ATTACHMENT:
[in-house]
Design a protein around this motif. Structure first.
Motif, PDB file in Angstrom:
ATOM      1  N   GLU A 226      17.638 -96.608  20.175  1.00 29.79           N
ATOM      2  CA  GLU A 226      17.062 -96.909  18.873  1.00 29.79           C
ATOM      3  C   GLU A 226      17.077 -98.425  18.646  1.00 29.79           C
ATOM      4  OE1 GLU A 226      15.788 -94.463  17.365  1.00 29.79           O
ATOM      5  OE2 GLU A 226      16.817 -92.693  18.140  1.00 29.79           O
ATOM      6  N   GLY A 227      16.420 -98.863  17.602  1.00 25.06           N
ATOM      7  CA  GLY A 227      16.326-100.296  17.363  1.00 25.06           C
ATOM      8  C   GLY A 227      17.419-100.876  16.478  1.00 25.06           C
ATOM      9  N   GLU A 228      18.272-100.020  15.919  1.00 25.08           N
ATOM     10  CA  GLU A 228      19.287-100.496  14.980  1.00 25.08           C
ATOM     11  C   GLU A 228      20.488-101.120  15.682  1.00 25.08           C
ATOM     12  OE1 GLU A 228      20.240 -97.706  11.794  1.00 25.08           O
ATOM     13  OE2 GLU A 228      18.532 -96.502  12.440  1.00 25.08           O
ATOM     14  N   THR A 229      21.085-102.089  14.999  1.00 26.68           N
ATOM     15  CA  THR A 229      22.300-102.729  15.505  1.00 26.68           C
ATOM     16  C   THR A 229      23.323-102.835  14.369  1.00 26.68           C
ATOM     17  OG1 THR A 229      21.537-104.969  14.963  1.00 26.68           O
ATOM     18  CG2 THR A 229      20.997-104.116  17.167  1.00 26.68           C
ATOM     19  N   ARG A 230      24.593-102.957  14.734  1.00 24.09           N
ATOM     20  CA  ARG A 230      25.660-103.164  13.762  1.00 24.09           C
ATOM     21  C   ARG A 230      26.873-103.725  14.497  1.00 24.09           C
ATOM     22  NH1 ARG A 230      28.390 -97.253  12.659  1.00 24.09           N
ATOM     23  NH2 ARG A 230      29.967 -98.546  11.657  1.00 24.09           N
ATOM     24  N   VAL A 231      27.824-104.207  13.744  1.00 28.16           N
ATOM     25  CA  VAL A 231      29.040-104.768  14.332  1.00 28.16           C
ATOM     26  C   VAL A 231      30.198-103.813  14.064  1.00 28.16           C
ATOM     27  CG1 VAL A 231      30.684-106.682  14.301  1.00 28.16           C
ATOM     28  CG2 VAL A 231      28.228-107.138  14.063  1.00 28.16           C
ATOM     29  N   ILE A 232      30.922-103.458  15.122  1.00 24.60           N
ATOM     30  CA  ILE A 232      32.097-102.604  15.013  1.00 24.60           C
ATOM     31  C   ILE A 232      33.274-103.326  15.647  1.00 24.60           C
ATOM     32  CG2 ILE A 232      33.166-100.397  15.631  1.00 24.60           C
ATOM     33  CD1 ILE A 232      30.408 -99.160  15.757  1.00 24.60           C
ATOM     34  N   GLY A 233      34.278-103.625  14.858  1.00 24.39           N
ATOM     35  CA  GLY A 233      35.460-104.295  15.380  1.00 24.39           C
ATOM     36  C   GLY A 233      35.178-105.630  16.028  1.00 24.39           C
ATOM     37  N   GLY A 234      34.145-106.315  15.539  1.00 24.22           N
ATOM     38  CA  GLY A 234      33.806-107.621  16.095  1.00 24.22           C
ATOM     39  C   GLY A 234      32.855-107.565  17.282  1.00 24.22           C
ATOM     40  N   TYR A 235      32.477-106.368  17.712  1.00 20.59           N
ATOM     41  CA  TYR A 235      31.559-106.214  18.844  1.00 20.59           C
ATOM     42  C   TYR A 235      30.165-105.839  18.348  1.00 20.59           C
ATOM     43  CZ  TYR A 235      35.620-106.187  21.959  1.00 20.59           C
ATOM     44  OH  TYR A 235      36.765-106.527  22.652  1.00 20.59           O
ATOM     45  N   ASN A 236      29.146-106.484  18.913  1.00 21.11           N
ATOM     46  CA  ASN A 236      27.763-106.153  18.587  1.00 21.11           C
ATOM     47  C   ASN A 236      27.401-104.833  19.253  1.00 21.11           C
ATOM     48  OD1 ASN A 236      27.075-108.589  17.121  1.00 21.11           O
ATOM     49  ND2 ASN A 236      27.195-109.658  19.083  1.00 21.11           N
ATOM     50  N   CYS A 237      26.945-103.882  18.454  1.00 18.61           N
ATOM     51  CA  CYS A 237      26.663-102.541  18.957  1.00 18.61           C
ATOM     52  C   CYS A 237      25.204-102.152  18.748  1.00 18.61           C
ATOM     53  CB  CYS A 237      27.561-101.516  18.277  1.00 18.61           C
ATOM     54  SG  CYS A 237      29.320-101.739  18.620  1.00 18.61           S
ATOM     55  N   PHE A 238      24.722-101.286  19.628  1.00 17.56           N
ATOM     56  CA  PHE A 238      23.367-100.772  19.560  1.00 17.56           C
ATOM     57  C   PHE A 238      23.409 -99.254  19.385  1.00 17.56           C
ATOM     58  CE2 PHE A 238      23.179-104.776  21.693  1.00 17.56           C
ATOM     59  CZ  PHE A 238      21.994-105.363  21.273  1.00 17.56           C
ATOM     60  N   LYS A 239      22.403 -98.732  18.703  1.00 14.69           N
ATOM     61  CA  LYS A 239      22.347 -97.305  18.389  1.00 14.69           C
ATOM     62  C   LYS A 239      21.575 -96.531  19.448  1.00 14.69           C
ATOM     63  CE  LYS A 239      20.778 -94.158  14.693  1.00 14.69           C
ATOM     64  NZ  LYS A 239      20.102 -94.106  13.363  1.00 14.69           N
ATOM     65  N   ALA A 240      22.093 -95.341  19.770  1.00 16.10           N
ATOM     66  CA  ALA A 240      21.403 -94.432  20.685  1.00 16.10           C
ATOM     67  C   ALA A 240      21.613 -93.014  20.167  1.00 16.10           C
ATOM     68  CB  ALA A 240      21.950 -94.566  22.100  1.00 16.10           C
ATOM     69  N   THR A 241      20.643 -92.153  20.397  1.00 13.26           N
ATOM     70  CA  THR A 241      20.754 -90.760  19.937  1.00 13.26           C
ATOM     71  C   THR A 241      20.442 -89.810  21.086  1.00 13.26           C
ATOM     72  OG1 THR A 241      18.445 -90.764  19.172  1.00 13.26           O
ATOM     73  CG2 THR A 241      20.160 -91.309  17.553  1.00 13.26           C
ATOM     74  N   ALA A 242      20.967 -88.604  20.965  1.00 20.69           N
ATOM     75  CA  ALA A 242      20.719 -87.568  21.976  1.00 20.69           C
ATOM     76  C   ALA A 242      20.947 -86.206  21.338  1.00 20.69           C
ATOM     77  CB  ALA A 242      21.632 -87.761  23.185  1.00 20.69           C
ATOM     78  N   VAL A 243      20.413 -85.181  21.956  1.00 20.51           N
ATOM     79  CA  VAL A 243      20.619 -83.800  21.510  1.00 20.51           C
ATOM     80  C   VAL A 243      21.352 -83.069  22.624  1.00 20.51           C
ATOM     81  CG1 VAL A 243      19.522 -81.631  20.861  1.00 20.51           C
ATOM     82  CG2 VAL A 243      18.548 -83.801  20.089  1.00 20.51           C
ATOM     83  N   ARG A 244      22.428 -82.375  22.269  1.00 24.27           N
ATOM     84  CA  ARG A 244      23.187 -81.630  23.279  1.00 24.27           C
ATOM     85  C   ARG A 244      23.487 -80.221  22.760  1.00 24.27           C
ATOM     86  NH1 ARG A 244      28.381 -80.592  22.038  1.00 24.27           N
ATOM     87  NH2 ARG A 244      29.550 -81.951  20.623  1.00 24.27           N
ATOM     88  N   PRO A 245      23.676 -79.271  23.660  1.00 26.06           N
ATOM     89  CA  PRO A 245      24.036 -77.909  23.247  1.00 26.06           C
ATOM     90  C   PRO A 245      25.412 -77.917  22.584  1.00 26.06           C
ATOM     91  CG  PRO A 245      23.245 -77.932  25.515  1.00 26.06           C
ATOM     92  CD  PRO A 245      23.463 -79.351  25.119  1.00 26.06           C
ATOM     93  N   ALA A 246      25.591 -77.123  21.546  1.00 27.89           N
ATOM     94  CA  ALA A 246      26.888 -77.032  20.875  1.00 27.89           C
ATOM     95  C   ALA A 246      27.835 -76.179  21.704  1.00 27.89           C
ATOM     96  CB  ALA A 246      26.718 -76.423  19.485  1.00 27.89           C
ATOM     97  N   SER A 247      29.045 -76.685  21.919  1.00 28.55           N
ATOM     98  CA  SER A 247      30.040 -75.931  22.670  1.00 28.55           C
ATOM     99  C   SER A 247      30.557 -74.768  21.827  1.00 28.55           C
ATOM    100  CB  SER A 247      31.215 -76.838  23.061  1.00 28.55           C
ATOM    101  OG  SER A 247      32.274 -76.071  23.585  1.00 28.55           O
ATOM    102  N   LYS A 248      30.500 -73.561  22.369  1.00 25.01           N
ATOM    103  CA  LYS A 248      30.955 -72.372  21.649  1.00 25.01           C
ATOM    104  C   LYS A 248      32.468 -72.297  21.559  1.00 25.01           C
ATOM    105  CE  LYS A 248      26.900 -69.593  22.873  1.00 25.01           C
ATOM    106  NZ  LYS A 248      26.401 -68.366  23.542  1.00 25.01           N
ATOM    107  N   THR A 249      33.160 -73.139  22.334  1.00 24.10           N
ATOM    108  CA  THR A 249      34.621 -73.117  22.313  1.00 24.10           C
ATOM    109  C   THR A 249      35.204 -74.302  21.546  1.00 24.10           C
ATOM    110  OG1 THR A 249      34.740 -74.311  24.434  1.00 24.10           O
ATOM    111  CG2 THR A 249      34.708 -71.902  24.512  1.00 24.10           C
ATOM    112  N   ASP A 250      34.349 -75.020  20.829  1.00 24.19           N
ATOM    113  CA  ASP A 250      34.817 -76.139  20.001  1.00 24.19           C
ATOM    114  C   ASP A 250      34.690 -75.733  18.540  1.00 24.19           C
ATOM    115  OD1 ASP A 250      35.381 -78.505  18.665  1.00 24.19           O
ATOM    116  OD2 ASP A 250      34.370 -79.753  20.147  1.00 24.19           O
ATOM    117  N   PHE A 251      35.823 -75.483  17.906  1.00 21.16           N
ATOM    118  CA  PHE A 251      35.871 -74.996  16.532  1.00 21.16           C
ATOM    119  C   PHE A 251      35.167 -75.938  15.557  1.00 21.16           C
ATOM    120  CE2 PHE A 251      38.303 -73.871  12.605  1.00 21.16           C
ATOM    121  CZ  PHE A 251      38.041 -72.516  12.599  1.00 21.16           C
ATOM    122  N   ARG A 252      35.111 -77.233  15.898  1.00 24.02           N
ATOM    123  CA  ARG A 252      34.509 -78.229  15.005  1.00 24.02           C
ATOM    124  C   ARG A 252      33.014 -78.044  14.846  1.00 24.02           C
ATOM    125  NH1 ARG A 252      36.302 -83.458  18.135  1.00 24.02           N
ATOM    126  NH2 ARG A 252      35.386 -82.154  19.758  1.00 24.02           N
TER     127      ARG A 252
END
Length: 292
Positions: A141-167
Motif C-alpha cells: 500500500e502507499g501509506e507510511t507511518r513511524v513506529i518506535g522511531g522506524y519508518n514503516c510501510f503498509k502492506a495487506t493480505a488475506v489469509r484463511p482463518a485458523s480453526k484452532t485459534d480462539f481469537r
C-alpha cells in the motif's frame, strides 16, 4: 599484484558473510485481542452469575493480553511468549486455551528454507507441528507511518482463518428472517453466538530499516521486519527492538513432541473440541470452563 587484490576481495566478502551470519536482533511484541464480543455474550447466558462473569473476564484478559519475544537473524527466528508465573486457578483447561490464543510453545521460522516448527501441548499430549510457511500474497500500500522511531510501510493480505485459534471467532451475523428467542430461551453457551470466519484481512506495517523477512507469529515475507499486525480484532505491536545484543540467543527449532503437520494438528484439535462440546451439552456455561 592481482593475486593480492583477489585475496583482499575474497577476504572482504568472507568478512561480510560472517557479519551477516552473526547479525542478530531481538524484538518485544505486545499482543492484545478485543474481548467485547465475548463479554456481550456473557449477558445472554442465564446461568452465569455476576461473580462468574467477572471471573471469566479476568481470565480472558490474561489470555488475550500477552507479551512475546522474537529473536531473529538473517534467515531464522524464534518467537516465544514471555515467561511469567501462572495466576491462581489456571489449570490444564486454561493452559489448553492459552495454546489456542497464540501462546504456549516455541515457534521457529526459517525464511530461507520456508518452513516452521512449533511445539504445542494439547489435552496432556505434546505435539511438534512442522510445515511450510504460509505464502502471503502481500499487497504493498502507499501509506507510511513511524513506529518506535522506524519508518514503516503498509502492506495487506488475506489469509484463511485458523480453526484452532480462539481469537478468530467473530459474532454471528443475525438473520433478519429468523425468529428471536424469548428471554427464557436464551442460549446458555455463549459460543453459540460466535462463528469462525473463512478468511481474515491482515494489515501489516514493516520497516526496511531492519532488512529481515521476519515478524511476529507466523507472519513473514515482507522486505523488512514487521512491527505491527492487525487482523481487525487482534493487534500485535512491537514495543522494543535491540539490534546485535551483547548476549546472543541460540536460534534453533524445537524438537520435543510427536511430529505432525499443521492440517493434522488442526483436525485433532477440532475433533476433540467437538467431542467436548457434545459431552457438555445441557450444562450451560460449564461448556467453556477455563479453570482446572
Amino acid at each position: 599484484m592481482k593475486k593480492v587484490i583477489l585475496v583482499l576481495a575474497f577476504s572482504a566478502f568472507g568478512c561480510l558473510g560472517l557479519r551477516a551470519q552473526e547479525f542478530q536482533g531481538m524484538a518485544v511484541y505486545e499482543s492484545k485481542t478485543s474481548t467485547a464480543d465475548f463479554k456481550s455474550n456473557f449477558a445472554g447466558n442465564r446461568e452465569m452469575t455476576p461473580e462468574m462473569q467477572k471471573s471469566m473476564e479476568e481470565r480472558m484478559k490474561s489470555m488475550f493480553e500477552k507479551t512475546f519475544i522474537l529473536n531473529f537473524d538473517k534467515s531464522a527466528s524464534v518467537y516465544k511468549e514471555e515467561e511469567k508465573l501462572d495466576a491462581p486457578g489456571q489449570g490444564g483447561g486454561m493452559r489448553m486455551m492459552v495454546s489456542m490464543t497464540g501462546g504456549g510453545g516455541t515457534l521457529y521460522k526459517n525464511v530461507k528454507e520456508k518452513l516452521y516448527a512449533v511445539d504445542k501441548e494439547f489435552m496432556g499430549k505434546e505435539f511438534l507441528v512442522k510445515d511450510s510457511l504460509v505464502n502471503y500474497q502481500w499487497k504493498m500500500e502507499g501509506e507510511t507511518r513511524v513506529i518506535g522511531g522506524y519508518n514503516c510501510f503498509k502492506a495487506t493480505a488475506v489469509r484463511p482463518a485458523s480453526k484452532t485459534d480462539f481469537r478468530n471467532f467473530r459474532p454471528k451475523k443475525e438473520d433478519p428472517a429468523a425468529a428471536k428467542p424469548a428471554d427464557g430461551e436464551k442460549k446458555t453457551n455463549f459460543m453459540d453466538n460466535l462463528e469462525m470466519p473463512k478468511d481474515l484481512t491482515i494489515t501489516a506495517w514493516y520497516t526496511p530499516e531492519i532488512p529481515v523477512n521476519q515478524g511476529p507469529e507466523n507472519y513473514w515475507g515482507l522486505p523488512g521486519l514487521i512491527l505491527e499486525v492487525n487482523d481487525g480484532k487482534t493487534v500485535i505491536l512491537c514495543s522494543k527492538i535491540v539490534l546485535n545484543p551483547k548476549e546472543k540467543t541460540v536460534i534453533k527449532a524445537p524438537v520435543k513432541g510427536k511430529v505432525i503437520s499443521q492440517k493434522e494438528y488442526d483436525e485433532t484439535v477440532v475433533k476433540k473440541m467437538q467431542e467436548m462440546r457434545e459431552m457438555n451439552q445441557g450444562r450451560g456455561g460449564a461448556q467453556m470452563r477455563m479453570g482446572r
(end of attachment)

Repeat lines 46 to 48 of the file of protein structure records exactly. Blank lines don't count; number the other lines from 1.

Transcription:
ATOM     43  CZ  TYR A 235      35.620-106.187  21.959  1.00 20.59           C
ATOM     44  OH  TYR A 235      36.765-106.527  22.652  1.00 20.59           O
ATOM     45  N   ASN A 236      29.146-106.484  18.913  1.00 21.11           N